CM – Early elections after Poots’ resignation could be held as a « referendum » on protocol – Coveney


DUP MP Sammy Wilson said that any intervention by the UK government in Northern Ireland policy in Scotland or Wales would not be tolerated, saying « this is not a basis for decentralization ». Video: PA media

Edwin Poots, leader of the Democratic Unionist Party (DUP), leaves the party headquarters in Belfast on Thursday. Photo: Paul Faith / AFP via Getty Images

Foreign Minister Simon Coveney has warned that early elections could be held as a “referendum” in the north because of the chaos in the Democratic Unionist Party. to the Northern Ireland Protocol.

He warned of the tensions and difficulties surrounding the protocol and the aftermath of Brexit that still linger in the north and said the summer could be very tense at the start of the marching season.

« We all have a duty to relieve this tension, respond to real concerns, show flexibility and pragmatism in the implementation of the protocol.

â € œThe EU understands this. The EU and the UK Government have a duty to find a way forward on these issues and the Irish Government is very involved in doing so.

“The idea that we are in the middle of it in the short term with an election that would in some way be a referendum on protocol and some of the problems of division that we have seen means that the elections would be on polarization and division rather than focusing on policy change and governance to solve Northern Ireland’s problems, â ???? Mr. Coveney told RTÃ ?? s Morning Ireland.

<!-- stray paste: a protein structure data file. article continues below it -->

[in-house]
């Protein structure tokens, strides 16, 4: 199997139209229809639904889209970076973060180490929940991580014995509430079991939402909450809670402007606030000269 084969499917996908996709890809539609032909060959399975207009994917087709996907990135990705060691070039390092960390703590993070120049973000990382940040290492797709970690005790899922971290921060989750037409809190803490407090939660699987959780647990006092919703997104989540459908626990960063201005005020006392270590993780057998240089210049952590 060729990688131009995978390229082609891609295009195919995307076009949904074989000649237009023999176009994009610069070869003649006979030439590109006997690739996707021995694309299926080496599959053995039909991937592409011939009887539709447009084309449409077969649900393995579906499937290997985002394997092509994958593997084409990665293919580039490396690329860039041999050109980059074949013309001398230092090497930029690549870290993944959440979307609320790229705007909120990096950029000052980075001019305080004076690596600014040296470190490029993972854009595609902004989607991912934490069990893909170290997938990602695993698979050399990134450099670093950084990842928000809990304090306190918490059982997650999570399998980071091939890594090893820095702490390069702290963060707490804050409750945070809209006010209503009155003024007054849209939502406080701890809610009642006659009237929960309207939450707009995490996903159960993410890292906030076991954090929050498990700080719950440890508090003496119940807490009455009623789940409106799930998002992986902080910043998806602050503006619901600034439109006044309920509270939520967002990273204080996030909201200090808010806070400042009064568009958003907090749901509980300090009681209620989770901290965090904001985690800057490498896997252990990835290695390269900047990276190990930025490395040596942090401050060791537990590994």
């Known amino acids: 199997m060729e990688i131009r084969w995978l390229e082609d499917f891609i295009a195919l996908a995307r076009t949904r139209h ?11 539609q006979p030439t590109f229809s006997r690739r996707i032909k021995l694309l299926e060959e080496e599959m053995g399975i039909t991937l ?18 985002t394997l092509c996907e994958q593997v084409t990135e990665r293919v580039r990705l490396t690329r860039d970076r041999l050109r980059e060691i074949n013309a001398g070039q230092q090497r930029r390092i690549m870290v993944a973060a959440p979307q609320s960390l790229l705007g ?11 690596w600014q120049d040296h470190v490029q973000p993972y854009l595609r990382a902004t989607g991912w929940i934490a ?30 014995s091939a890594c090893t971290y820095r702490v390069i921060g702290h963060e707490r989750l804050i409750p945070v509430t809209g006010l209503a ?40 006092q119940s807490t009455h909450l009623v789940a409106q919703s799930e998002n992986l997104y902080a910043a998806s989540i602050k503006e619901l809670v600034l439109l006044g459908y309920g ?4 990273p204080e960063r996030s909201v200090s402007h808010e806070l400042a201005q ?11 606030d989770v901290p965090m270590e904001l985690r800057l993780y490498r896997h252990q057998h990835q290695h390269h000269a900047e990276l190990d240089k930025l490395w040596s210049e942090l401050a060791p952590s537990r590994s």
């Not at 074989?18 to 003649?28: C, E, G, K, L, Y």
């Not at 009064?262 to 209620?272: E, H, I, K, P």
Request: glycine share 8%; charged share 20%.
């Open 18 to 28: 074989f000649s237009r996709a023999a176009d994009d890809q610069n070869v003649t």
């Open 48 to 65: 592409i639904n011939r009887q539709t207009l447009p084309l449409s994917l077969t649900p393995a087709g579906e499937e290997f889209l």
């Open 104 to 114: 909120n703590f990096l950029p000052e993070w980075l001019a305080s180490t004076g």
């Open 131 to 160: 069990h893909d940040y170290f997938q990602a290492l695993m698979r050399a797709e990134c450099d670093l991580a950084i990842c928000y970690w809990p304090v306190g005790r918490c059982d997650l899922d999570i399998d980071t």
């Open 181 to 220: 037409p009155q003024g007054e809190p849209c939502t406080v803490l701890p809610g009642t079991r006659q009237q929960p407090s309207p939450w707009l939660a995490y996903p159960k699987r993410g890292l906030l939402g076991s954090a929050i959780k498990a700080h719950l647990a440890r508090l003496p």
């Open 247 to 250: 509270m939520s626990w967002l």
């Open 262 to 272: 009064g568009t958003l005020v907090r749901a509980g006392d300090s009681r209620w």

He spoke after Edwin Poots resigned as leader of the DUP after just three weeks after facing an internal revolt over Irish language legislation would have. Westminster has announced that it will legislate on the Irish language in the north by October if Stormont does not do so beforehand.

Taoiseach Miche¡l Martin said he does not believe the crisis caused by the sudden resignation of Mr Poots will lead to elections in Northern Ireland.

« In my opinion, this is not what Northern Ireland is asking as we are in the middle of a pandemic and healthcare is really needed in Northern Ireland, » he said.

â ?? It is very important that we all work together on the island to maintain stability and to stay focused on what is important to the people [with] calm heads.  »

He added: « The government will work with all parties and with the UK Government to protect the institutions of the Good Friday Agreement [Belfast] and work towards the continuation of the Assembly and the Executive. »

Former Taoiseach Bertie Ahern said there was a « deep concern ». among trade unionists that things are “out of control”.

“As I was told by a very senior person [in the north], there is a deep-seated concern within the unions that things are getting out of control on their part, that you have no friends in Westminster you don’t have too many friends down here, you have no friends in America, how you see that politics is not working and you are behind, « ? he said.

Mr Martin expressed his confidence that the Irish language legislation that sparked the leadership crisis would be put in place. He said the law was agreed by all parties and the difficulties in its implementation.

Mr Coveney said North Secretary Brandon Lewis « did the right thing » in guaranteeing that Irish language legislation would be enforced by Westminster if not passed in Stormont as agreed in the New Decade New Approach Deal, restore power-sharing.

The UK government has confirmed that if the Stormont institutions do not do so by October, it will legislate for the Irish language at Westminster. Boris Johnson’s official spokesman said the commitment made by Mr Lewis was unaffected by Mr Poot’s resignation as DUP leader Thursday. When asked if the Prime Minister was concerned that the unrest at the top of the DUP could lead to the collapse of institutions in Northern Ireland, the spokesman reiterated the UK government’s commitment to a strong decentralized administration in Stormont.